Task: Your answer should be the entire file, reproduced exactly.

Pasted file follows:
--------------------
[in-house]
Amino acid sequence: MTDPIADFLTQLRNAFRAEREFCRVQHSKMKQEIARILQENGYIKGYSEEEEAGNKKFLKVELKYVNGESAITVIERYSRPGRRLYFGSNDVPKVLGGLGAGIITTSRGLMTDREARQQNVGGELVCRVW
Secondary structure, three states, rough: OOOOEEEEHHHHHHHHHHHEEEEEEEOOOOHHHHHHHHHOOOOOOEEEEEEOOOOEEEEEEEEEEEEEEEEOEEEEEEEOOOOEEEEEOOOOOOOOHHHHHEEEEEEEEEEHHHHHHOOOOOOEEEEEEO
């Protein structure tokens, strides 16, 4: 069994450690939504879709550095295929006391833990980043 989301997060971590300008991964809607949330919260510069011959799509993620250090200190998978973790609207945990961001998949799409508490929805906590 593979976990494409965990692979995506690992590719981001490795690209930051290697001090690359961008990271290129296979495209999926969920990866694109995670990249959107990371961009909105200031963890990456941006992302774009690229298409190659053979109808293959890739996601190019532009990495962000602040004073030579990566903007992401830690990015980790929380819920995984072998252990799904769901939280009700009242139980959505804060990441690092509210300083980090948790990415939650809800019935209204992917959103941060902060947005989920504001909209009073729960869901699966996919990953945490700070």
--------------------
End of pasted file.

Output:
[in-house]
Amino acid sequence: MTDPIADFLTQLRNAFRAEREFCRVQHSKMKQEIARILQENGYIKGYSEEEEAGNKKFLKVELKYVNGESAITVIERYSRPGRRLYFGSNDVPKVLGGLGAGIITTSRGLMTDREARQQNVGGELVCRVW
Secondary structure, three states, rough: OOOOEEEEHHHHHHHHHHHEEEEEEEOOOOHHHHHHHHHOOOOOOEEEEEEOOOOEEEEEEEEEEEEEEEEOEEEEEEEOOOOEEEEEOOOOOOOOHHHHHEEEEEEEEEEHHHHHHOOOOOOEEEEEEO
């Protein structure tokens, strides 16, 4: 069994450690939504879709550095295929006391833990980043 989301997060971590300008991964809607949330919260510069011959799509993620250090200190998978973790609207945990961001998949799409508490929805906590 593979976990494409965990692979995506690992590719981001490795690209930051290697001090690359961008990271290129296979495209999926969920990866694109995670990249959107990371961009909105200031963890990456941006992302774009690229298409190659053979109808293959890739996601190019532009990495962000602040004073030579990566903007992401830690990015980790929380819920995984072998252990799904769901939280009700009242139980959505804060990441690092509210300083980090948790990415939650809800019935209204992917959103941060902060947005989920504001909209009073729960869901699966996919990953945490700070």